The OECD’s composite leading indicators support the expectation here of a further loss of global economic momentum into mid-2019.
The OECD’s indicators provide an independent, though less timely, cross-check of signals from monetary trends. With rare exceptions (e.g. Canada, India), the country indicators do not contain a monetary component. They tend to be dominated by business and consumer survey information, though also include financial indicators such as equity prices and the yield curve.
As previewed in a post last week, the G7 composite indicator registered another significant monthly fall in January, suggesting that GDP expansion will remain well below trend over coming months – see first chart.
The OECD’s practice of presenting its indicators in trend-adjusted form obscures important information about their internal momentum. An alternative approach followed here involves:
- Combining country indicators for the G7 and emerging E7 to create a “global” trend-adjusted measure.
- Combining this measure with an estimate of the trend in G7 plus E7 industrial output to form an indicator of the level of output.
- Using turning points in the rate of change of this indicator to anticipate turning points in industrial output momentum.
Historically, turning points in the six-month change in the indicator have led turning points in six-month output momentum by four to five months on average – second chart.
The central view here, based on monetary trends, is that global six-month industrial output momentum will bottom around July 2019. Such a scenario would suggest a low in the six-month change of the leading indicator in February or March.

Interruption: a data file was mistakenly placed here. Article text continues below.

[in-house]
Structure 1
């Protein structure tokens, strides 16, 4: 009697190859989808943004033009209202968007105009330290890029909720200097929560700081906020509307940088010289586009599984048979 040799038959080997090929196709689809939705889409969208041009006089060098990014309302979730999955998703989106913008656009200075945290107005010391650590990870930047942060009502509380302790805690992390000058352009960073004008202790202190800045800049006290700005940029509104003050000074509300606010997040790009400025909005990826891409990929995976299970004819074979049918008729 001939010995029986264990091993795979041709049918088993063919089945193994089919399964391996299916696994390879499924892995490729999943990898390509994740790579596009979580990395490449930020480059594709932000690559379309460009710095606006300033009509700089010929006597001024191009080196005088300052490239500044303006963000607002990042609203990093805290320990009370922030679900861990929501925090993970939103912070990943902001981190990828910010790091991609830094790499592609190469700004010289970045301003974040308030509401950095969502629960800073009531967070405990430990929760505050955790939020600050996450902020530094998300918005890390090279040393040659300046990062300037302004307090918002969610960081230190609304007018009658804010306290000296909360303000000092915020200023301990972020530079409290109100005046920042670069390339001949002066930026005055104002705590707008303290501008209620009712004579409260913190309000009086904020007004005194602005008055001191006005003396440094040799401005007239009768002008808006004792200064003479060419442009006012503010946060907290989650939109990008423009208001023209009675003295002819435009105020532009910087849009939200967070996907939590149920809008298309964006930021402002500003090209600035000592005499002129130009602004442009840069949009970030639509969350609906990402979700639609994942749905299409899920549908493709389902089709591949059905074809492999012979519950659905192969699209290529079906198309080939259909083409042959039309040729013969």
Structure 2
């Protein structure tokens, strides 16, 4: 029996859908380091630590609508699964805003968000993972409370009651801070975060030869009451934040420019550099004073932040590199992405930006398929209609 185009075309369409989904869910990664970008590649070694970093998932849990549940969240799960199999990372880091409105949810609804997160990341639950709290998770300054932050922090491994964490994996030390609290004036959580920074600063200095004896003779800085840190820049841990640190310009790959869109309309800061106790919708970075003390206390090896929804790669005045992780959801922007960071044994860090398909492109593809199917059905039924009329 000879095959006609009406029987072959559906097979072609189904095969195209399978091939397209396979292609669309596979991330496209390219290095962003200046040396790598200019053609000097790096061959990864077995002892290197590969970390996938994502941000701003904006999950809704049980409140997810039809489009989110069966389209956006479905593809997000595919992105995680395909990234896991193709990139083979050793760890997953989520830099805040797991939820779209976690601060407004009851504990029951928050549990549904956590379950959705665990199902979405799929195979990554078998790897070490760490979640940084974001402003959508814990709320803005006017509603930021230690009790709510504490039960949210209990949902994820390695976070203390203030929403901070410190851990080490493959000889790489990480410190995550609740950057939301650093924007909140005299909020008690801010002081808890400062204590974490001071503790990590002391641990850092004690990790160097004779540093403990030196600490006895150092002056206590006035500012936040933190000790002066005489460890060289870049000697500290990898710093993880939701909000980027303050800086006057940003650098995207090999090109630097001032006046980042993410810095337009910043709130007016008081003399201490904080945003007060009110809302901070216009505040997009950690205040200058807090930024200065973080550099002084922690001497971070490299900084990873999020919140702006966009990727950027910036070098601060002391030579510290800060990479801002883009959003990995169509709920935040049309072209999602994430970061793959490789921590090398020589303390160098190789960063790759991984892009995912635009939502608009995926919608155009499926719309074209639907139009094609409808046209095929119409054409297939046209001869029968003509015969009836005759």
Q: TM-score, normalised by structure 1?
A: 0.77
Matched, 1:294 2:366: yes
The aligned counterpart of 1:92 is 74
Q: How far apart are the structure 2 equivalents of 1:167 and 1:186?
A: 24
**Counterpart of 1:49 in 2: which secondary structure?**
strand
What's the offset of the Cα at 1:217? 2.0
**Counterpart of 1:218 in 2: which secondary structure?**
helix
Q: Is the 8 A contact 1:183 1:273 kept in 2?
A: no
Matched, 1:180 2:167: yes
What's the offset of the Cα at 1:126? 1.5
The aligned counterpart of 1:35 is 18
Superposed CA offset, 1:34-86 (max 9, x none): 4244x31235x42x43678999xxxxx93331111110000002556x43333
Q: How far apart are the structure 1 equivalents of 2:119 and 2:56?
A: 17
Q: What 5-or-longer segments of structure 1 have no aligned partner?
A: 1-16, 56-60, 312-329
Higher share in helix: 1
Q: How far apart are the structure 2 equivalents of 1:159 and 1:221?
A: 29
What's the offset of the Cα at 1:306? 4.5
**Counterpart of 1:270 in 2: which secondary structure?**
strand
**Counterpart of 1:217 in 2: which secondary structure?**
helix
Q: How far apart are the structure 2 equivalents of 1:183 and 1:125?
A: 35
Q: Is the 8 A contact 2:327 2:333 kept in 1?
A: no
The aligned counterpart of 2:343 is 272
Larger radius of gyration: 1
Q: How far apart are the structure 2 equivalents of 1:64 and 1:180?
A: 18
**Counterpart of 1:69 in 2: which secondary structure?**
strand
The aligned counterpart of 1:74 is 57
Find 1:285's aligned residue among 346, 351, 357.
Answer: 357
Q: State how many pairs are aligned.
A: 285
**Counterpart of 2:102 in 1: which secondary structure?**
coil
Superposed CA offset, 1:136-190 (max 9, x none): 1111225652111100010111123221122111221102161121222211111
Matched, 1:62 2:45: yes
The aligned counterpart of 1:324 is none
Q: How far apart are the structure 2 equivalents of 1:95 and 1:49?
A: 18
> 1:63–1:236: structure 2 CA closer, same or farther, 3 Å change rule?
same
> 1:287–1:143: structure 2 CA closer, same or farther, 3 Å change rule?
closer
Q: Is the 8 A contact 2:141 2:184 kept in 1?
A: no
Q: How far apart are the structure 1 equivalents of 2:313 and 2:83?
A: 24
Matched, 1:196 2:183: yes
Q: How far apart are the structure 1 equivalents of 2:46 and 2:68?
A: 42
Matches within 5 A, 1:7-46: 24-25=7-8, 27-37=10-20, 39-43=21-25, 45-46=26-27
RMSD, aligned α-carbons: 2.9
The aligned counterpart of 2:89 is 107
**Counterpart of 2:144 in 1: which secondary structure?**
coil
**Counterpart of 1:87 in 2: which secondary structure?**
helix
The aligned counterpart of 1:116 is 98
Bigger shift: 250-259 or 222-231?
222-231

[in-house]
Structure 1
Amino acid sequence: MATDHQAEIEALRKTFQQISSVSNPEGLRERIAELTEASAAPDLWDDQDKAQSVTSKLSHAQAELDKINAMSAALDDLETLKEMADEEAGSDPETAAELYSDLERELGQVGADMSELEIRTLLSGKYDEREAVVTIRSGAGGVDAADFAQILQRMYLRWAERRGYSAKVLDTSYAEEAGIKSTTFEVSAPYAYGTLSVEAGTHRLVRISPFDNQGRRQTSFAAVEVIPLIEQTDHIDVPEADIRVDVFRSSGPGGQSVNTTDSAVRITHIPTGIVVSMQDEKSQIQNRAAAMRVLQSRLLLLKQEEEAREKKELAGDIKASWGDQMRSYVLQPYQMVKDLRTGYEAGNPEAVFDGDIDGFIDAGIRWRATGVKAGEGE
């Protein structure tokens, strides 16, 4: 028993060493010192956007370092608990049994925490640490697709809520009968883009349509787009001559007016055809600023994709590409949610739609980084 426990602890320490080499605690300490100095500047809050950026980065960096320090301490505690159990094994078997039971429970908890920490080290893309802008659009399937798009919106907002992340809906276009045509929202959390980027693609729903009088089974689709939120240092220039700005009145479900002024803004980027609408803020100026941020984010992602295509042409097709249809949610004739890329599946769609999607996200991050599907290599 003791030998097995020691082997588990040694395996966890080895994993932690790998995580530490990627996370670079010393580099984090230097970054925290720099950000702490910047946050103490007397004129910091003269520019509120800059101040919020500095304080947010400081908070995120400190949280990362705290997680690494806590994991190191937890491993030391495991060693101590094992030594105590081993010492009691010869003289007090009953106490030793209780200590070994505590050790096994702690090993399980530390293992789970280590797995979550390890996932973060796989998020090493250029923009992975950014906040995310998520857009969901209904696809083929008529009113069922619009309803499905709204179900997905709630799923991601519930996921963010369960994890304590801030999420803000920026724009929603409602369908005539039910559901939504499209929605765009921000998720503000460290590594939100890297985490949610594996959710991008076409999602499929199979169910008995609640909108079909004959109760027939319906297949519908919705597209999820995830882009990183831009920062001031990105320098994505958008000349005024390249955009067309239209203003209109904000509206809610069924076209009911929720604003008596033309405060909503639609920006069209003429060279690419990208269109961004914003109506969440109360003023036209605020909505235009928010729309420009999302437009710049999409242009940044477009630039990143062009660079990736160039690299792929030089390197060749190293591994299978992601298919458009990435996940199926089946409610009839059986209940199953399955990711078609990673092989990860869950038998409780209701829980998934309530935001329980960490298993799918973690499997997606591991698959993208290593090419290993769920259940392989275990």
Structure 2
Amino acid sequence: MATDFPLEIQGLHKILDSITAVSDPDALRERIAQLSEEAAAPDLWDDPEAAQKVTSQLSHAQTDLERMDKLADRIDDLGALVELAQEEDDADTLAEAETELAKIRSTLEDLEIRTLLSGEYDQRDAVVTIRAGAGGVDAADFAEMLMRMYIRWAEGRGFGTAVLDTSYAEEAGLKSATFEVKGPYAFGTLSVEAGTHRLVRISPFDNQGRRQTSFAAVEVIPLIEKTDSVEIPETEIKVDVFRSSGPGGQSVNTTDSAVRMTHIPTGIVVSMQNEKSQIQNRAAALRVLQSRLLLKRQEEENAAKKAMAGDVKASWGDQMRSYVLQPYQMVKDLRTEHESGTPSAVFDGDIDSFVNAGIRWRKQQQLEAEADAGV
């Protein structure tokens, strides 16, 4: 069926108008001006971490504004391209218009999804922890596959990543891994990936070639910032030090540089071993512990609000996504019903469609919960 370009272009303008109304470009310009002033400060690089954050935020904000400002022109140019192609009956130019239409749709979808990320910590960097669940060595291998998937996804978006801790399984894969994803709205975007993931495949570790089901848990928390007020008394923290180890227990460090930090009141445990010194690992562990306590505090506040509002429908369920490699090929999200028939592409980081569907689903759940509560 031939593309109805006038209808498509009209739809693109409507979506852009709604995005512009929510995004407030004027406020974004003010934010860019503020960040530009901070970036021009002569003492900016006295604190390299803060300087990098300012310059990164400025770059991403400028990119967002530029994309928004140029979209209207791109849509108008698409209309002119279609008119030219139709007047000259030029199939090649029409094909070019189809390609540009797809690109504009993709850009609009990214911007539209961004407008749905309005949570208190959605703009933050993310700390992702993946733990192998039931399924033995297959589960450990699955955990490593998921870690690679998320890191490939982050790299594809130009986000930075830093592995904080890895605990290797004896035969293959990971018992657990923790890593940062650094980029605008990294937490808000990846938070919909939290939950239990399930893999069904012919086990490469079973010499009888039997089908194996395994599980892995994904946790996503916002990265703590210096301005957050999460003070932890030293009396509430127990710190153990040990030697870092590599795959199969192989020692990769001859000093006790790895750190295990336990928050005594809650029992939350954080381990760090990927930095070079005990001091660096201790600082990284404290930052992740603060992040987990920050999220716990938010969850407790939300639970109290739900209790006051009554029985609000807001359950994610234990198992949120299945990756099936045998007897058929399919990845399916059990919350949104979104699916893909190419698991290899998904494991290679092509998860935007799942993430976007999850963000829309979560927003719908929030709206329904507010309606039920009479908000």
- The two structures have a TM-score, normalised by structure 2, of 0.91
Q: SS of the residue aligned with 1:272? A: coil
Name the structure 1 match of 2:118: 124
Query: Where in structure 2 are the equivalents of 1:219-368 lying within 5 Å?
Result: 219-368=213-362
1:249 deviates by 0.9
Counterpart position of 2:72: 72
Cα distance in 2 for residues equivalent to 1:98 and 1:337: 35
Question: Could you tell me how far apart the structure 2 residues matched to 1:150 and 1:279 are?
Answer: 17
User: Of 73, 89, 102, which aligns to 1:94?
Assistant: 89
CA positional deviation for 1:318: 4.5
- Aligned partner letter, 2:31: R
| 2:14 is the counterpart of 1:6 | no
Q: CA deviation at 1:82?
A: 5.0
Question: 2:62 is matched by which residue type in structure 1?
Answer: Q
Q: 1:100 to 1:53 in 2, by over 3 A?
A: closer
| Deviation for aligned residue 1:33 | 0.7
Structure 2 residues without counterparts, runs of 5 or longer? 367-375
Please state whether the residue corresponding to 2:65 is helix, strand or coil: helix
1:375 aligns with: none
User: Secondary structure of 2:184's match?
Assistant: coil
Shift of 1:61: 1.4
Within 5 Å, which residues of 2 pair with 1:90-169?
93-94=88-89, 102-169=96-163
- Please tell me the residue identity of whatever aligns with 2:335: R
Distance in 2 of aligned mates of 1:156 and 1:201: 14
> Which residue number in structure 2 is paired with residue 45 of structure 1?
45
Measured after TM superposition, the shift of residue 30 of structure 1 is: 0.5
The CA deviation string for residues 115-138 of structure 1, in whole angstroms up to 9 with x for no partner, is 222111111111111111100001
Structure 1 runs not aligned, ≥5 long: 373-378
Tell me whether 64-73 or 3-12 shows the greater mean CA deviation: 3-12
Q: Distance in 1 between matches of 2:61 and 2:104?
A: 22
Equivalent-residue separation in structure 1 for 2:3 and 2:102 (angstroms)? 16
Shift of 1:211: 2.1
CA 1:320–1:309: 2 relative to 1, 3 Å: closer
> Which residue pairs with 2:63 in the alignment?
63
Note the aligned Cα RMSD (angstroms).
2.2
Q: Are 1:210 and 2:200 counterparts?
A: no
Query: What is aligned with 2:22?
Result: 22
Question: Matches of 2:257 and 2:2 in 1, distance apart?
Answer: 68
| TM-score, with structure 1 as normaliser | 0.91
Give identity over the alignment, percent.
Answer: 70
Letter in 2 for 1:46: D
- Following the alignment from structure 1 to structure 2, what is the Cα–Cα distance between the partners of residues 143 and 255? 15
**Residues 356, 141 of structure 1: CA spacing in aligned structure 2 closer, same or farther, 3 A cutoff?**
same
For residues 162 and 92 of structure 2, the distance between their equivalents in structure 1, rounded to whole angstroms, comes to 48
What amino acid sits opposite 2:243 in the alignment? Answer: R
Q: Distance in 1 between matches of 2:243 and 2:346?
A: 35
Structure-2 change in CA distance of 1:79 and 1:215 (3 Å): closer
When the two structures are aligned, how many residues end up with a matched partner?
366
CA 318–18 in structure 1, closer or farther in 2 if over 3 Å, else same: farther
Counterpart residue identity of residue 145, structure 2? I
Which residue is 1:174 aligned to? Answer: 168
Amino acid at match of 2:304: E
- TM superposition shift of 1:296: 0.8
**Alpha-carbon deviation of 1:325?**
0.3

Consistent with this scenario, the six-month indicator change continued to weaken in January. The one-month change, however, recovered marginally – this could be a precursor to the six-month change bottoming over the next several months.
The suggestion that economic momentum will reach a low around July does not imply an optimistic assessment of prospects for later in 2019. Developments judged here to be necessary to warrant such an assessment include:
- A further pick-up in G7 plus E7 six-month real narrow money growth to 3-4% (not annualised) from January’s level of 1.9%.
- Confirmation of a bottoming out of the six-month leading indicator change by April (data to be released in early June).
- Sufficient weakness in stockbuilding and business investment data in the first half of 2019 to suggest completion of cycle downswings during the second half.
On the latter point, a correspondent asked whether solid investment data for the US and Euroland in the fourth quarter of 2018 altered the assessment here about the timing and magnitude of a cycle downswing. The answer is no. Year-on-year growth of G7 non-residential fixed investment was unchanged in the fourth quarter and below a peak reached in the second quarter – third chart. Investment is closely correlated with industrial output of capital goods, which fell significantly year-on-year in Japan, Euroland and the UK in December / January – fourth chart. The relationship shown in the fifth chart, meanwhile, suggests that US investment resilience will crumble – the identity of the mystery indicator may surprise readers.